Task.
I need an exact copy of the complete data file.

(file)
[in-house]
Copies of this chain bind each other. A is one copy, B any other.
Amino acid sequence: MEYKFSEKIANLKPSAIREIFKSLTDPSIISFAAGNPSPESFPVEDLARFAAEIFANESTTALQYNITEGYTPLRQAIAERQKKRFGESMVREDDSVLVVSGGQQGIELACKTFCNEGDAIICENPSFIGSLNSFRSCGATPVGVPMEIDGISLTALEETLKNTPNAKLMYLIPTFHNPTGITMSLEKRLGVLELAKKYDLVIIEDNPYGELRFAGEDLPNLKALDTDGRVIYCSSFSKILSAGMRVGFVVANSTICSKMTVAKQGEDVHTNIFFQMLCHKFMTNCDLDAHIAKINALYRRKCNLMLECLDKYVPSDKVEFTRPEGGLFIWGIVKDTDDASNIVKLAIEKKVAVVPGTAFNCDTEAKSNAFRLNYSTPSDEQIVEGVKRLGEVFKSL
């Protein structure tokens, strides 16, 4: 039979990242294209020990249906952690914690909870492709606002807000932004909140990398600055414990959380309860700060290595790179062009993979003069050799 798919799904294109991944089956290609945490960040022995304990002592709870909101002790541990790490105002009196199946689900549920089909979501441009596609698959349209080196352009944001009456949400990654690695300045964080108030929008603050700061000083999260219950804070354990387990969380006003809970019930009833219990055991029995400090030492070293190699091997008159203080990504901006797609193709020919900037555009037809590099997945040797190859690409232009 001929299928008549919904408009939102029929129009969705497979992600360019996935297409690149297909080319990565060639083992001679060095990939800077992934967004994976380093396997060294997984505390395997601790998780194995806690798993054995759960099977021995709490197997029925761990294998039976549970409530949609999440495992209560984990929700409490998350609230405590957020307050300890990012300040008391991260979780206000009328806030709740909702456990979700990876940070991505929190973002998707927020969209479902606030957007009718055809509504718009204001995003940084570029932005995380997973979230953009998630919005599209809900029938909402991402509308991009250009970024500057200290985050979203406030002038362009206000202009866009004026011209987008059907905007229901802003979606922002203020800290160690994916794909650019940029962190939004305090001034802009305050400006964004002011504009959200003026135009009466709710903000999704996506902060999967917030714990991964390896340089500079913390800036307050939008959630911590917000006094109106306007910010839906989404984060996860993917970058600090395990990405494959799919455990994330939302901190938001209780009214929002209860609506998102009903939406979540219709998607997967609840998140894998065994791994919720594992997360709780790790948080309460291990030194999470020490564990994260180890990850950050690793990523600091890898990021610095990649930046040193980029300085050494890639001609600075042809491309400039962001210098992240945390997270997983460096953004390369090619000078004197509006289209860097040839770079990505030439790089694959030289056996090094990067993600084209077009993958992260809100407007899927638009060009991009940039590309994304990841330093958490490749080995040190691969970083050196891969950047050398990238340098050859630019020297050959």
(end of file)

[in-house]
Copies of this chain bind each other. A is one copy, B any other.
Amino acid sequence: MEYKFSEKIANLKPSAIREIFKSLTDPSIISFAAGNPSPESFPVEDLARFAAEIFANESTTALQYNITEGYTPLRQAIAERQKKRFGESMVREDDSVLVVSGGQQGIELACKTFCNEGDAIICENPSFIGSLNSFRSCGATPVGVPMEIDGISLTALEETLKNTPNAKLMYLIPTFHNPTGITMSLEKRLGVLELAKKYDLVIIEDNPYGELRFAGEDLPNLKALDTDGRVIYCSSFSKILSAGMRVGFVVANSTICSKMTVAKQGEDVHTNIFFQMLCHKFMTNCDLDAHIAKINALYRRKCNLMLECLDKYVPSDKVEFTRPEGGLFIWGIVKDTDDASNIVKLAIEKKVAVVPGTAFNCDTEAKSNAFRLNYSTPSDEQIVEGVKRLGEVFKSL
């Protein structure tokens, strides 16, 4: 039979990242294209020990249906952690914690909870492709606002807000932004909140990398600055414990959380309860700060290595790179062009993979003069050799 798919799904294109991944089956290609945490960040022995304990002592709870909101002790541990790490105002009196199946689900549920089909979501441009596609698959349209080196352009944001009456949400990654690695300045964080108030929008603050700061000083999260219950804070354990387990969380006003809970019930009833219990055991029995400090030492070293190699091997008159203080990504901006797609193709020919900037555009037809590099997945040797190859690409232009 001929299928008549919904408009939102029929129009969705497979992600360019996935297409690149297909080319990565060639083992001679060095990939800077992934967004994976380093396997060294997984505390395997601790998780194995806690798993054995759960099977021995709490197997029925761990294998039976549970409530949609999440495992209560984990929700409490998350609230405590957020307050300890990012300040008391991260979780206000009328806030709740909702456990979700990876940070991505929190973002998707927020969209479902606030957007009718055809509504718009204001995003940084570029932005995380997973979230953009998630919005599209809900029938909402991402509308991009250009970024500057200290985050979203406030002038362009206000202009866009004026011209987008059907905007229901802003979606922002203020800290160690994916794909650019940029962190939004305090001034802009305050400006964004002011504009959200003026135009009466709710903000999704996506902060999967917030714990991964390896340089500079913390800036307050939008959630911590917000006094109106306007910010839906989404984060996860993917970058600090395990990405494959799919455990994330939302901190938001209780009214929002209860609506998102009903939406979540219709998607997967609840998140894998065994791994919720594992997360709780790790948080309460291990030194999470020490564990994260180890990850950050690793990523600091890898990021610095990649930046040193980029300085050494890639001609600075042809491309400039962001210098992240945390997270997983460096953004390369090619000078004197509006289209860097040839770079990505030439790089694959030289056996090094990067993600084209077009993958992260809100407007899927638009060009991009940039590309994304990841330093958490490749080995040190691969970083050196891969950047050398990238340098050859630019020297050959």